Kyle Gabler created the soundtrack for World of Goo and I think it’s so funny that it works so, so well within the game. Many of the tracks were created for short films and other games but Kyle ended up throwing them all into this game and they just somehow click with the atmosphere. The music sounds very epic and also bouncy and poetic at the same time. It achieves a lot for the game’s atmosphere and despite being created with different uses in mind, it works really well for strengthening the atmosphere that the graphics and gameplay work together to build.
The graphics may be very simple for World of Goo but they’re creative and uniquely their own. The levels feel very confidently designed and help flesh out the tone of the game. The goo balls are easy to discern from each other. The goo balls are very cute as are the other visuals in the game. The graphics add a layer of deception to World of Goo because they make the game look almost too cute and casual when in reality the gameplay can get pretty tricky.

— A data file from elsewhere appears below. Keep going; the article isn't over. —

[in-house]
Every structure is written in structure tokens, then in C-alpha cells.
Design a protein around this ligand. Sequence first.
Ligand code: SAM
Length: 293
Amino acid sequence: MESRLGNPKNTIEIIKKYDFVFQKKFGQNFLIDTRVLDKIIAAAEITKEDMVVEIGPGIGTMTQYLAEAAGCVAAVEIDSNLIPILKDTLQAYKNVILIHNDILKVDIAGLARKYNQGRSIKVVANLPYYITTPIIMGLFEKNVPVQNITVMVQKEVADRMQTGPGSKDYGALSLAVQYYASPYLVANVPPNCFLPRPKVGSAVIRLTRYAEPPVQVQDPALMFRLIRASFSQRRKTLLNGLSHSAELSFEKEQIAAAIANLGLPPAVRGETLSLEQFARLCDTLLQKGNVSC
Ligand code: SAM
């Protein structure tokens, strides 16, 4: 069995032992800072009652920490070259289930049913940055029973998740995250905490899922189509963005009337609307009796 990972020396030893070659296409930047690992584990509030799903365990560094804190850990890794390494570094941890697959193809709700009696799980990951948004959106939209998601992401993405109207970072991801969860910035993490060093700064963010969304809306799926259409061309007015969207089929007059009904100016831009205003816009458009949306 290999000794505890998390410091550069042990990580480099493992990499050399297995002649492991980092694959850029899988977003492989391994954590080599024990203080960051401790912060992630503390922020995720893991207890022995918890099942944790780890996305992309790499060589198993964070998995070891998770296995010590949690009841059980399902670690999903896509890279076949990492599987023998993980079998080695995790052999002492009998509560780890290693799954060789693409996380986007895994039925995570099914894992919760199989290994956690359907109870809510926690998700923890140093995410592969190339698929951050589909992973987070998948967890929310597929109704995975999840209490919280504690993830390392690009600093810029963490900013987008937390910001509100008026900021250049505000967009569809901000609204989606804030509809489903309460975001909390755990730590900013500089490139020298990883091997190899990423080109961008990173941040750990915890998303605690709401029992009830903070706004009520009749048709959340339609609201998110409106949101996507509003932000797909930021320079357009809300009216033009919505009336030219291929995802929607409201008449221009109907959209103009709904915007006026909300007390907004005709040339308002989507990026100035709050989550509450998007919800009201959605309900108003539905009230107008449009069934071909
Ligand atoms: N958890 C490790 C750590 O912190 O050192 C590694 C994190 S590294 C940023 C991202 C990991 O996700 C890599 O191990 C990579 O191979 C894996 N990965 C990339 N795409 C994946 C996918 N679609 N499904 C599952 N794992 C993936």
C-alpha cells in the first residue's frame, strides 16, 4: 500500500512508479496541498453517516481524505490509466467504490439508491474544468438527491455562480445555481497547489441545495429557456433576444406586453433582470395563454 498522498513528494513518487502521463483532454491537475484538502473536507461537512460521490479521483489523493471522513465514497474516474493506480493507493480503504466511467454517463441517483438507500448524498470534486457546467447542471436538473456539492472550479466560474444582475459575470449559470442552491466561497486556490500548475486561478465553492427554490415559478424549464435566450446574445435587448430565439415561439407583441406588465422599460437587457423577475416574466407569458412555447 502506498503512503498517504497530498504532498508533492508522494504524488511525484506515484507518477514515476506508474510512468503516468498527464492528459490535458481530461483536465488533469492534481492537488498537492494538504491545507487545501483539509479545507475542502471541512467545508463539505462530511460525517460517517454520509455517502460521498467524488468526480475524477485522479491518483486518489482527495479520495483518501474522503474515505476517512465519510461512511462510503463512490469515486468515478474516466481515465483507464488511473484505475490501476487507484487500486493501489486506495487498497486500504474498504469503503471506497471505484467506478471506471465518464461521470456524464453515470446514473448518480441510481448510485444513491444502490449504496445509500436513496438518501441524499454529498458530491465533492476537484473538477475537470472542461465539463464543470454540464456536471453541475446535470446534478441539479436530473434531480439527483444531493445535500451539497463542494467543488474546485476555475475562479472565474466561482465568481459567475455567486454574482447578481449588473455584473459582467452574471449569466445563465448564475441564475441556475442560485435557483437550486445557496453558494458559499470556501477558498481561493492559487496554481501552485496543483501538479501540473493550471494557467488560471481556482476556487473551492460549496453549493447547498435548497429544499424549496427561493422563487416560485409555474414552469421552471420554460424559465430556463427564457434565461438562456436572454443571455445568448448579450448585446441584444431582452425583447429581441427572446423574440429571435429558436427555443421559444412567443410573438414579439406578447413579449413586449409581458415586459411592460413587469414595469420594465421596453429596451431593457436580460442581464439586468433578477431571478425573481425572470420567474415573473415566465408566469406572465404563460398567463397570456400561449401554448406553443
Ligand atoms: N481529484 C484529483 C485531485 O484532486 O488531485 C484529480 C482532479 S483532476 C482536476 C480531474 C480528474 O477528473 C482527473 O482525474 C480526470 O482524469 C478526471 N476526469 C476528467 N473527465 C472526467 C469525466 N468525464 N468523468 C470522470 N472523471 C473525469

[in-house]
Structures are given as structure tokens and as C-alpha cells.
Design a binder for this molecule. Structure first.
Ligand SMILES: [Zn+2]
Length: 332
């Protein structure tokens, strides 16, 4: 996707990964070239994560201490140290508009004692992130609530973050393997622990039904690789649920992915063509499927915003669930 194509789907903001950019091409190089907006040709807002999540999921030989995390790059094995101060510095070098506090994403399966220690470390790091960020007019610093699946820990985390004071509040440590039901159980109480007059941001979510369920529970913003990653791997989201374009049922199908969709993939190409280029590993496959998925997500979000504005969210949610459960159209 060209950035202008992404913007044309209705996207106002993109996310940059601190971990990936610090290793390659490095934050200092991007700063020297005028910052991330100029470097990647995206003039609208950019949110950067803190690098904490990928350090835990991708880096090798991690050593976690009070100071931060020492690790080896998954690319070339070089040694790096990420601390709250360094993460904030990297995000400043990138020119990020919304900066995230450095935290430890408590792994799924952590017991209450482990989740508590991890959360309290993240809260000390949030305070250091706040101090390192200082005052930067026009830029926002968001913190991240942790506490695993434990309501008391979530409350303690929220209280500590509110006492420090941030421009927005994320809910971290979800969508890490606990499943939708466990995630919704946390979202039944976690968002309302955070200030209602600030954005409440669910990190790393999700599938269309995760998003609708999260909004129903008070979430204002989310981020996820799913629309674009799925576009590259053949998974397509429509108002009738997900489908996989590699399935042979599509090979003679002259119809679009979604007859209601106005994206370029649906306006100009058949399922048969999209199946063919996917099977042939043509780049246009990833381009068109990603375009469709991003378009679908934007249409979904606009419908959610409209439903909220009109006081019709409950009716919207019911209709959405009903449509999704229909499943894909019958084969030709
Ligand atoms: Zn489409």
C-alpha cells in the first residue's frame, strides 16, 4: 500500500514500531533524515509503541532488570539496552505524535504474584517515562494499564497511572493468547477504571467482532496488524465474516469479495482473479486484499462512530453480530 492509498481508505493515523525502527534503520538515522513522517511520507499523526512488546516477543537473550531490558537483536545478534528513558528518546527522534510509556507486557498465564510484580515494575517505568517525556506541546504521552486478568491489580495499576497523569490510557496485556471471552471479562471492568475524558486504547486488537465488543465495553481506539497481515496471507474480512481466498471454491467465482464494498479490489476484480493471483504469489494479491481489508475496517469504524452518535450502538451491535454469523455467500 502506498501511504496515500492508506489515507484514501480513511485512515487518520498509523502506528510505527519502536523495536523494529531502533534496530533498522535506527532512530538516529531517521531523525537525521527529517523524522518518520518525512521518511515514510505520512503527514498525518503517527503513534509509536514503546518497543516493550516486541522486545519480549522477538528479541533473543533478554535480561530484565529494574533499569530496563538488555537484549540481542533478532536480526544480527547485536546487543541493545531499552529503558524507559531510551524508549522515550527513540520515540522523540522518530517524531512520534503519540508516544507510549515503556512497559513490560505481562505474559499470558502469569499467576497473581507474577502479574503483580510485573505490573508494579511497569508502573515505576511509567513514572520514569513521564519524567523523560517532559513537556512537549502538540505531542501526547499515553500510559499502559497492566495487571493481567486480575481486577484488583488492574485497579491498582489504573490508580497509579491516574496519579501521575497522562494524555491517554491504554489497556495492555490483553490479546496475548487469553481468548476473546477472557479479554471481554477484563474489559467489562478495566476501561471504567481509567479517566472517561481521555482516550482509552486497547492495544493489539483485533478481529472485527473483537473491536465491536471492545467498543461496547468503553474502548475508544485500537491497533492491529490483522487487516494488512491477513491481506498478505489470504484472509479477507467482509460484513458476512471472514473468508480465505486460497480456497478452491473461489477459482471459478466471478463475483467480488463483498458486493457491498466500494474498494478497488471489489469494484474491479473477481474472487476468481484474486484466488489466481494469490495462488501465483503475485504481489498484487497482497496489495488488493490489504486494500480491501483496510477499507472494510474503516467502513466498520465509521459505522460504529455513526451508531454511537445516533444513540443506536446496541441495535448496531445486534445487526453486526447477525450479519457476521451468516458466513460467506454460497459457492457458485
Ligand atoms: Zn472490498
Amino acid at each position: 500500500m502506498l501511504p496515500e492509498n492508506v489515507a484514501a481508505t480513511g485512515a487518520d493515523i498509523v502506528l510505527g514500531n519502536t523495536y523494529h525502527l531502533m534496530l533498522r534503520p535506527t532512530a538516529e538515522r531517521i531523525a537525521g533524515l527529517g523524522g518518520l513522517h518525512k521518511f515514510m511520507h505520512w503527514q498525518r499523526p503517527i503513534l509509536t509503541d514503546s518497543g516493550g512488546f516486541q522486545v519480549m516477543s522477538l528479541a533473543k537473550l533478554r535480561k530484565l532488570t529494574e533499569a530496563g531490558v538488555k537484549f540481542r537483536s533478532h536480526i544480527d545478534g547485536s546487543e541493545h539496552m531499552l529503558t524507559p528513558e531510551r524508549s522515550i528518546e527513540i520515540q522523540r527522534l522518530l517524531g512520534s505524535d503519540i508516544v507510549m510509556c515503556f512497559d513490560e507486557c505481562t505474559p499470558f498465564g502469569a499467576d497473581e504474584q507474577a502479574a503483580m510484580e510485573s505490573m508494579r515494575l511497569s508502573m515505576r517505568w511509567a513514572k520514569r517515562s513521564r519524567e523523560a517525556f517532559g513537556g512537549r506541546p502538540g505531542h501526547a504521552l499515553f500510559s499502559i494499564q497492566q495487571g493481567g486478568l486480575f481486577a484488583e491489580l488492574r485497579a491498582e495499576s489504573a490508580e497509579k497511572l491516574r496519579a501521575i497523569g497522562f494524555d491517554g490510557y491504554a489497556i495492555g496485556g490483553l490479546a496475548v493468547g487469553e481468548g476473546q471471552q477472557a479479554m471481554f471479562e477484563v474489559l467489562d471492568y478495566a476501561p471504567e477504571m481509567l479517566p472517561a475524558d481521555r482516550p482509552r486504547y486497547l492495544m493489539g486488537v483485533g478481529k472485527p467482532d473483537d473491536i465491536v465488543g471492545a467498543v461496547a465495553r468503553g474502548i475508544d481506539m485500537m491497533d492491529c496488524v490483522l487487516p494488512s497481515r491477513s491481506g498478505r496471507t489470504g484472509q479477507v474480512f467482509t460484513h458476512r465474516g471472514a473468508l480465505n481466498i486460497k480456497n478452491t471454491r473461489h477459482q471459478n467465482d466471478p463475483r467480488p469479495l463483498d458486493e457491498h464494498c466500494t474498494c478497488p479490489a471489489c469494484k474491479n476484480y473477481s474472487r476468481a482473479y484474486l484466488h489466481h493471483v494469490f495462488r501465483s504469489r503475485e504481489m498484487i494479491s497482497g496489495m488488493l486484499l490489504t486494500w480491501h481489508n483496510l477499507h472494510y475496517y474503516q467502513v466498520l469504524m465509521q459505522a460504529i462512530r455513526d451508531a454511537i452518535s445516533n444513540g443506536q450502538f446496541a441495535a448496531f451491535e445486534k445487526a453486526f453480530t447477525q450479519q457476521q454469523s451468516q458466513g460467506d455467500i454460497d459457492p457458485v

Some puzzles can be very difficult and I even found myself checking a guide once or twice. In these scenarios, I was usually overthinking everything though and would feel dumb once I learned the solution. This is definitely a game that just requires patience and thinking. You have every tool you need to solve these puzzles. You just need to visualize everything and think of the possible solutions and try them out. Sometimes what you think won’t work will actually be the solution so you’ll just need to trust your gut, experiment, and try what you’re thinking. You can always hit ‘Retry’ in the pause menu if you want to start over. This helps relieve some of the pressure and helped ease me into trying things that I wasn’t fully confident would work.